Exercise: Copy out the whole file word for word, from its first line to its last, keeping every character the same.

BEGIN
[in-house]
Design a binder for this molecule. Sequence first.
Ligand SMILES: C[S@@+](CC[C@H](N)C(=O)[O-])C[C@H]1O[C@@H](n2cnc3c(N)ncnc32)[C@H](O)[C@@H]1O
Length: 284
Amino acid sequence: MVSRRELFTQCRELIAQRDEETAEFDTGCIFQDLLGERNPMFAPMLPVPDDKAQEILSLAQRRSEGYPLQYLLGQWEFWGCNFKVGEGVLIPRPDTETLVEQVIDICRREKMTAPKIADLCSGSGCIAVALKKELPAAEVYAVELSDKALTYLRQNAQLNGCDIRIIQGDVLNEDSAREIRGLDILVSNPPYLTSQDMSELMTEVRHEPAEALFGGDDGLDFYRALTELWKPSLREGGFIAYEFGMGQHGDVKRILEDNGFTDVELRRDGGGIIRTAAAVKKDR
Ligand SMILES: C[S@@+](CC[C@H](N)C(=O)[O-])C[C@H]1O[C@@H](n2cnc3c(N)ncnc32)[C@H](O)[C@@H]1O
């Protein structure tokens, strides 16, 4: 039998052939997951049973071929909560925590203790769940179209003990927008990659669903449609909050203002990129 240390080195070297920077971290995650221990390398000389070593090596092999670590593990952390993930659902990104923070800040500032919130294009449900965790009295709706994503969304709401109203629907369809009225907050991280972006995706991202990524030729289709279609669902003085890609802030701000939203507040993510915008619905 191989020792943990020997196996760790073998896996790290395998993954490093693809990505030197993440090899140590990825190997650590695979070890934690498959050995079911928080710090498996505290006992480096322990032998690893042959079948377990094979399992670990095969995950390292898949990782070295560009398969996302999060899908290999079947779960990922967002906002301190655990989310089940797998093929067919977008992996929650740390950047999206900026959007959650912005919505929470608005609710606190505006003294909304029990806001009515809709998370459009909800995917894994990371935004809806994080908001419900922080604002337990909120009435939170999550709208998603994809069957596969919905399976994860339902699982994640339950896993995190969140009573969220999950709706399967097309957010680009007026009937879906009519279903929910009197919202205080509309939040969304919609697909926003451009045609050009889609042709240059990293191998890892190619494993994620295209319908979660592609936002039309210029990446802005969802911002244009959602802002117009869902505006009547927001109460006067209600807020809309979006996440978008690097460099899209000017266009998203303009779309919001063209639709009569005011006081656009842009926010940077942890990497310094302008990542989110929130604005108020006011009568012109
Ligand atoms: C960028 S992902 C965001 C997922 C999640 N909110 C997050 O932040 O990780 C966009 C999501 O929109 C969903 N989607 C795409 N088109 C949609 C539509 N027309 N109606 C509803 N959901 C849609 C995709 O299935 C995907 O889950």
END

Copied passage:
[in-house]
Design a binder for this molecule. Sequence first.
Ligand SMILES: C[S@@+](CC[C@H](N)C(=O)[O-])C[C@H]1O[C@@H](n2cnc3c(N)ncnc32)[C@H](O)[C@@H]1O
Length: 284
Amino acid sequence: MVSRRELFTQCRELIAQRDEETAEFDTGCIFQDLLGERNPMFAPMLPVPDDKAQEILSLAQRRSEGYPLQYLLGQWEFWGCNFKVGEGVLIPRPDTETLVEQVIDICRREKMTAPKIADLCSGSGCIAVALKKELPAAEVYAVELSDKALTYLRQNAQLNGCDIRIIQGDVLNEDSAREIRGLDILVSNPPYLTSQDMSELMTEVRHEPAEALFGGDDGLDFYRALTELWKPSLREGGFIAYEFGMGQHGDVKRILEDNGFTDVELRRDGGGIIRTAAAVKKDR
Ligand SMILES: C[S@@+](CC[C@H](N)C(=O)[O-])C[C@H]1O[C@@H](n2cnc3c(N)ncnc32)[C@H](O)[C@@H]1O
């Protein structure tokens, strides 16, 4: 039998052939997951049973071929909560925590203790769940179209003990927008990659669903449609909050203002990129 240390080195070297920077971290995650221990390398000389070593090596092999670590593990952390993930659902990104923070800040500032919130294009449900965790009295709706994503969304709401109203629907369809009225907050991280972006995706991202990524030729289709279609669902003085890609802030701000939203507040993510915008619905 191989020792943990020997196996760790073998896996790290395998993954490093693809990505030197993440090899140590990825190997650590695979070890934690498959050995079911928080710090498996505290006992480096322990032998690893042959079948377990094979399992670990095969995950390292898949990782070295560009398969996302999060899908290999079947779960990922967002906002301190655990989310089940797998093929067919977008992996929650740390950047999206900026959007959650912005919505929470608005609710606190505006003294909304029990806001009515809709998370459009909800995917894994990371935004809806994080908001419900922080604002337990909120009435939170999550709208998603994809069957596969919905399976994860339902699982994640339950896993995190969140009573969220999950709706399967097309957010680009007026009937879906009519279903929910009197919202205080509309939040969304919609697909926003451009045609050009889609042709240059990293191998890892190619494993994620295209319908979660592609936002039309210029990446802005969802911002244009959602802002117009869902505006009547927001109460006067209600807020809309979006996440978008690097460099899209000017266009998203303009779309919001063209639709009569005011006081656009842009926010940077942890990497310094302008990542989110929130604005108020006011009568012109
Ligand atoms: C960028 S992902 C965001 C997922 C999640 N909110 C997050 O932040 O990780 C966009 C999501 O929109 C969903 N989607 C795409 N088109 C949609 C539509 N027309 N109606 C509803 N959901 C849609 C995709 O299935 C995907 O889950």